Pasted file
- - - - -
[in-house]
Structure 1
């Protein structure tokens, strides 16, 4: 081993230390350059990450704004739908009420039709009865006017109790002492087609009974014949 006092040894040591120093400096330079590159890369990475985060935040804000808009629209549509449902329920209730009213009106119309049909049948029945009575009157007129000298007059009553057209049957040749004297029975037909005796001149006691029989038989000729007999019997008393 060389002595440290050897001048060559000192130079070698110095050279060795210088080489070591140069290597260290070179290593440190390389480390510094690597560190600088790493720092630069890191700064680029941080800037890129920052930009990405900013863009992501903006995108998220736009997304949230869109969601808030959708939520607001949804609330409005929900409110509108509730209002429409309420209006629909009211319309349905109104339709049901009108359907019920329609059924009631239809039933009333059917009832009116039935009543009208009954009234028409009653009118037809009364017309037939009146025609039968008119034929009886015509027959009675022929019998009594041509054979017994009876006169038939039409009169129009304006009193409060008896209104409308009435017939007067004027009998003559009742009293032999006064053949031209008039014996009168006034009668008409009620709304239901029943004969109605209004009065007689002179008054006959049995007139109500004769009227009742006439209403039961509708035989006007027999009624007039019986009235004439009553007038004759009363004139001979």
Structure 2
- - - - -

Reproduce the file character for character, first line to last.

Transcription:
[in-house]
Structure 1
């Protein structure tokens, strides 16, 4: 081993230390350059990450704004739908009420039709009865006017109790002492087609009974014949 006092040894040591120093400096330079590159890369990475985060935040804000808009629209549509449902329920209730009213009106119309049909049948029945009575009157007129000298007059009553057209049957040749004297029975037909005796001149006691029989038989000729007999019997008393 060389002595440290050897001048060559000192130079070698110095050279060795210088080489070591140069290597260290070179290593440190390389480390510094690597560190600088790493720092630069890191700064680029941080800037890129920052930009990405900013863009992501903006995108998220736009997304949230869109969601808030959708939520607001949804609330409005929900409110509108509730209002429409309420209006629909009211319309349905109104339709049901009108359907019920329609059924009631239809039933009333059917009832009116039935009543009208009954009234028409009653009118037809009364017309037939009146025609039968008119034929009886015509027959009675022929019998009594041509054979017994009876006169038939039409009169129009304006009193409060008896209104409308009435017939007067004027009998003559009742009293032999006064053949031209008039014996009168006034009668008409009620709304239901029943004969109605209004009065007689002179008054006959049995007139109500004769009227009742006439209403039961509708035989006007027999009624007039019986009235004439009553007038004759009363004139001979």
Structure 2